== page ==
Papuans feel differently about Indonesia's Independence Day
Ivany Atina Arbi and Nethy Dharma Somba
The Jakarta Post
The 73rd celebration of Indonesia’s Independence Day was tinged with reports on actions from some Papuans outside and inside the provinces, which upset authorities over their perceived refusal to celebrate Indonesia’s independence from the Dutch.
On Aug. 15, a clash occurred between Papuan students and mass organization members on Jl. Kalasan in Surabaya, East Java, as the students reportedly refused to raise the country’s red-and-white flag in front of their dormitory.
The men demanded the Papuan students comply with a regulation mandating the raising of the Indonesian flag every Aug. 17.
A release signed by Azizul Amri of the National Students Front and Nies Tabuni of the Papuan Students Association in Surabaya said the students actually did not object to raising the flag. They accused people from the mass organizations of attacking their dormitory before the dialogue between them had concluded.
According to the students, about 30 people from mass organizations asked them to raise the Indonesian flag. The students claimed they did not object to it but they needed time to “coordinate” with the dormitory’s caretaker, who was out of Surabaya at that time.
A clash ensued, in which a man was injured. Basuki, one of the mass organization members, said as quoted by kompas.com that one of his men had been attacked by a dormitory resident wielding a sharp weapon. The students said in their release that three members of the organizations had beat one student. The student later ran to the kitchen to retrieve a machete. He brandished the weapon and the men ran away in a panic. “One of them collided with another and he hurt himself from a fall,” the release stated.
Surabaya Police officers then visited the scene and took dozens of students living in the dormitory to police headquarters for questioning.
But by Thursday, the students had returned to the dorm, and none of them were taken into custody.
“As many as 48 students have been returned to the dorm,” said Surabaya Police criminal unit chief Adj. Sr. Comr. Sudamiran. He said the police would first gather evidence on the injured man.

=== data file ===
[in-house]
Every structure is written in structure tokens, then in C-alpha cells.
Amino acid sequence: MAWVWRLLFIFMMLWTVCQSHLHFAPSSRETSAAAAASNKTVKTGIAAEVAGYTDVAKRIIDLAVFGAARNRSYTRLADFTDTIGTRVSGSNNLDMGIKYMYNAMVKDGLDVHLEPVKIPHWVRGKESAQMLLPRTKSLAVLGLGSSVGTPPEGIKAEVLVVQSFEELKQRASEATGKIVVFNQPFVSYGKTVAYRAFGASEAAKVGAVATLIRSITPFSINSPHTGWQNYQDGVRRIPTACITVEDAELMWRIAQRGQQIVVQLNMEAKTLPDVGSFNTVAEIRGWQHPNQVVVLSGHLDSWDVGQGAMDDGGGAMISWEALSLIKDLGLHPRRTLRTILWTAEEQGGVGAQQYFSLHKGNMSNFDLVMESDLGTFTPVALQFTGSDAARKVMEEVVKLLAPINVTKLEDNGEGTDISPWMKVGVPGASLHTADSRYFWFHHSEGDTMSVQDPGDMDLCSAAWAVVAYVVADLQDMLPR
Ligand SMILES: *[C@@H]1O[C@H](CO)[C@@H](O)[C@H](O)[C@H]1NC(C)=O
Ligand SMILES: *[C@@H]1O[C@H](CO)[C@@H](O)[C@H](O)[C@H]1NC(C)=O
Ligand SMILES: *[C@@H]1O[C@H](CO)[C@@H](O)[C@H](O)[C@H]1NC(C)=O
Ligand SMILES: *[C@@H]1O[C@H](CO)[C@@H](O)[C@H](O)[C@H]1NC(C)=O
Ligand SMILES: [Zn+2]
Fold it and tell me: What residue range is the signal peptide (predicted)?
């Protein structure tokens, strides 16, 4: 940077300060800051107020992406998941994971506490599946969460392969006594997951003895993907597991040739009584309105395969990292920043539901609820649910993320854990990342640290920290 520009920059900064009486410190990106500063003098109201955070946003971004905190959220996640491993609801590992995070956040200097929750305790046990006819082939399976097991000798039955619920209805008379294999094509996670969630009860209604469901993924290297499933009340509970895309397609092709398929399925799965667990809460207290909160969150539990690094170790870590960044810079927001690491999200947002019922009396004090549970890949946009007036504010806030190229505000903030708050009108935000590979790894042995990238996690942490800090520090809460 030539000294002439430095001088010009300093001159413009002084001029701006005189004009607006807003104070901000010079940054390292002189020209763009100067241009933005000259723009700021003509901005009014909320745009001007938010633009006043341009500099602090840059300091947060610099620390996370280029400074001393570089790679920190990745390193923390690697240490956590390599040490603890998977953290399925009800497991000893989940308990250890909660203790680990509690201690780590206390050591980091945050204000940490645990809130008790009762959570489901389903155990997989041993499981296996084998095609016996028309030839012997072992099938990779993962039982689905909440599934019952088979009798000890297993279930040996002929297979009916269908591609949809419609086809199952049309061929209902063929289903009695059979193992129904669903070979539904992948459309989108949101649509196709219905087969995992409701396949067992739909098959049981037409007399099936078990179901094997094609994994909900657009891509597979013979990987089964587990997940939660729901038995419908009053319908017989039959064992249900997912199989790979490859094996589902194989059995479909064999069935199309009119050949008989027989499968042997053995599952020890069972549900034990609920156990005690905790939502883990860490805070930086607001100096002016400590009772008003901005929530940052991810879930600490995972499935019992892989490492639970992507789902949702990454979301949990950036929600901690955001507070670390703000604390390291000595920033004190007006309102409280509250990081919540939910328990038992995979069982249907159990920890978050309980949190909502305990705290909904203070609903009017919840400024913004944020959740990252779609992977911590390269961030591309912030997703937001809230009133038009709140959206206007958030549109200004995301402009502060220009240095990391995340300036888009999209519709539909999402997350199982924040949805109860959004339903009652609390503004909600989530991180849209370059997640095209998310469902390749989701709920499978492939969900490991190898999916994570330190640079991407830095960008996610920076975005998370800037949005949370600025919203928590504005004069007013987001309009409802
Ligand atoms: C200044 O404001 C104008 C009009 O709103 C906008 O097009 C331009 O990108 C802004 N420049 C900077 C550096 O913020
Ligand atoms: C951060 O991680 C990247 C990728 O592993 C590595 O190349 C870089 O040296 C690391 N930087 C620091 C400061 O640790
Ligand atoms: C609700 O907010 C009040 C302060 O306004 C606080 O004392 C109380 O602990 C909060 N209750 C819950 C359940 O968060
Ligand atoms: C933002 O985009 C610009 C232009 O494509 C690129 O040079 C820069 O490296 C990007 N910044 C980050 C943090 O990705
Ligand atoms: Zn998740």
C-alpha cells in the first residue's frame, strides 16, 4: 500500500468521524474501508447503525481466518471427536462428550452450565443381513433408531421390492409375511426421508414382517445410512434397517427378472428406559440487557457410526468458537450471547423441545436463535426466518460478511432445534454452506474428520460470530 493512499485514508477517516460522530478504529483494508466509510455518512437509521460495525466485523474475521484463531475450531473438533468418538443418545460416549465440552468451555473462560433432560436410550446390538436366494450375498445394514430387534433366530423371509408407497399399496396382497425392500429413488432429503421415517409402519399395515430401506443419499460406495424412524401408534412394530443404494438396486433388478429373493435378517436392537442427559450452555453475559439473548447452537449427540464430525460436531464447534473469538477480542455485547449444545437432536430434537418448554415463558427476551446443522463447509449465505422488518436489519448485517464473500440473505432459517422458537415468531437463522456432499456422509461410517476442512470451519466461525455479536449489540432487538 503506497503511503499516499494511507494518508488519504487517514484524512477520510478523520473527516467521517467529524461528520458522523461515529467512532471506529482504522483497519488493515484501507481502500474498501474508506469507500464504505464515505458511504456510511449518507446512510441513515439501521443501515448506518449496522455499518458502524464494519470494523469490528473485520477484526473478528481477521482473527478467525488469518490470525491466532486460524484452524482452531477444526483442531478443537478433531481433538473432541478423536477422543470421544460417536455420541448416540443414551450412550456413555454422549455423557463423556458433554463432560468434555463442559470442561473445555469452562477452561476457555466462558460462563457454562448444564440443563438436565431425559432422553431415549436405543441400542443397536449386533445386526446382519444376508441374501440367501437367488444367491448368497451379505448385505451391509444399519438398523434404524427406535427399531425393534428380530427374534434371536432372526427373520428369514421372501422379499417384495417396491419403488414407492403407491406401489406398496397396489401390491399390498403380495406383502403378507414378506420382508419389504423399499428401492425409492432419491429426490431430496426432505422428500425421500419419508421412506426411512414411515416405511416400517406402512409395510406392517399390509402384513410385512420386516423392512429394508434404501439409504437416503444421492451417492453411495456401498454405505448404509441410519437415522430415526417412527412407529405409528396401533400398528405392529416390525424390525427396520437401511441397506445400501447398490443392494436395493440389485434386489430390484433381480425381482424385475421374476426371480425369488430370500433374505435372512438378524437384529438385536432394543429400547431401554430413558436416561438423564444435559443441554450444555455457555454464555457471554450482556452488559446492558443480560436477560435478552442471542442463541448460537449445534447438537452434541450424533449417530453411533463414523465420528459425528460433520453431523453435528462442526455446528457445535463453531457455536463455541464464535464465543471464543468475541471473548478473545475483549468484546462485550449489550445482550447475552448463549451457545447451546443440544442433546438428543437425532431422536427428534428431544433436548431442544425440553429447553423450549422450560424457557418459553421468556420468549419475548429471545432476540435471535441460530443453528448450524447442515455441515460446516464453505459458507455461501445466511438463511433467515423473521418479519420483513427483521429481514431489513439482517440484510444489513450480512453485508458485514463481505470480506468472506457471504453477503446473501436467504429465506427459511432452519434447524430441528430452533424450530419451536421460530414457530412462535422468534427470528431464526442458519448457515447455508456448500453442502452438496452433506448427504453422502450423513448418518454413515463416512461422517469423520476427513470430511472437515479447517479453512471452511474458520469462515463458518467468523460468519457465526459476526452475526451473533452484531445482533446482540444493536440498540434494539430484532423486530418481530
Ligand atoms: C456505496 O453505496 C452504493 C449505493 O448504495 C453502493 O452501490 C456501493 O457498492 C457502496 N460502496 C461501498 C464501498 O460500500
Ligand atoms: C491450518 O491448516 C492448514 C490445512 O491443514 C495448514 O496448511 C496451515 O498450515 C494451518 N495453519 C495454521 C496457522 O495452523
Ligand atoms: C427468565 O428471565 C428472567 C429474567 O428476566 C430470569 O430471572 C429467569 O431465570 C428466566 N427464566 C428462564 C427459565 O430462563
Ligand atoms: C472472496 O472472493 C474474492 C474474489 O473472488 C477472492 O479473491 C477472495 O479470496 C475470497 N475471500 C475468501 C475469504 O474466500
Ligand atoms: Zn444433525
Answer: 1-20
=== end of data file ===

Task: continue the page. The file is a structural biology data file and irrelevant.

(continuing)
After the clash, local residents of Jl. Kalasan eventually raised the country’s flag in front of the dormitory, named Kemasan III.
Separately, during the orientation event for freshmen at Cendrawasih University in Jayapura, Papua, on Aug. 14 and 15, senior students required the freshmen to chant free Papua slogans and bring Morning Star attributes to the campus. Morning Star refers to a flag used by the Papuan independence movement.
During the opening ceremony of the event, the seniors reportedly prohibited the freshmen from singing the national anthem, “Indonesia Raya”.
The university’s rector, Apolo Safanpo, confirmed the incident, accusing some people of imposing their political motives on the orientation event.
“The intruders required the freshmen to bring Morning Star attributes and chant slogans contrary to Indonesia’s ideology,” Apolo said, adding that the orientation events had been halted.
Meanwhile, Jayapura Police chief Adj. Sr. Comr. Gustav Urbinas said the use of Morning Star attributes could be linked to treason, and therefore he had called Cendrawasih University student executive body chairman Ferry Kombo and the chairman of orientation events Agus Helembo to the police headquarters.
“We asked for some explanations about the use of Morning Star attributes and the chanting of free Papua slogans,” Agus said. Both of the students had signed a statement citing that they would not let the same incident happen again at their university, or else they would be prosecuted for treason.
A prominent youth figure in Papua, Samuel Tabuni, who is also the director of the Papua Language Institute, said what happened at Cendrawasih University was the students’ “spontaneous action to show their intention to create a future that is free from all threats”.
According to a 2018 Amnesty International report titled “‘Don’t bother, just let him die’: Killing with impunity in Papua”, unlawful killings by security forces remains high in Papua even after the 1998 reform began.
Amnesty International has recorded 69 cases of alleged unlawful killings between January 2010 and February, with 95 victims. Eighty-five of them were native Papuans, the report said.
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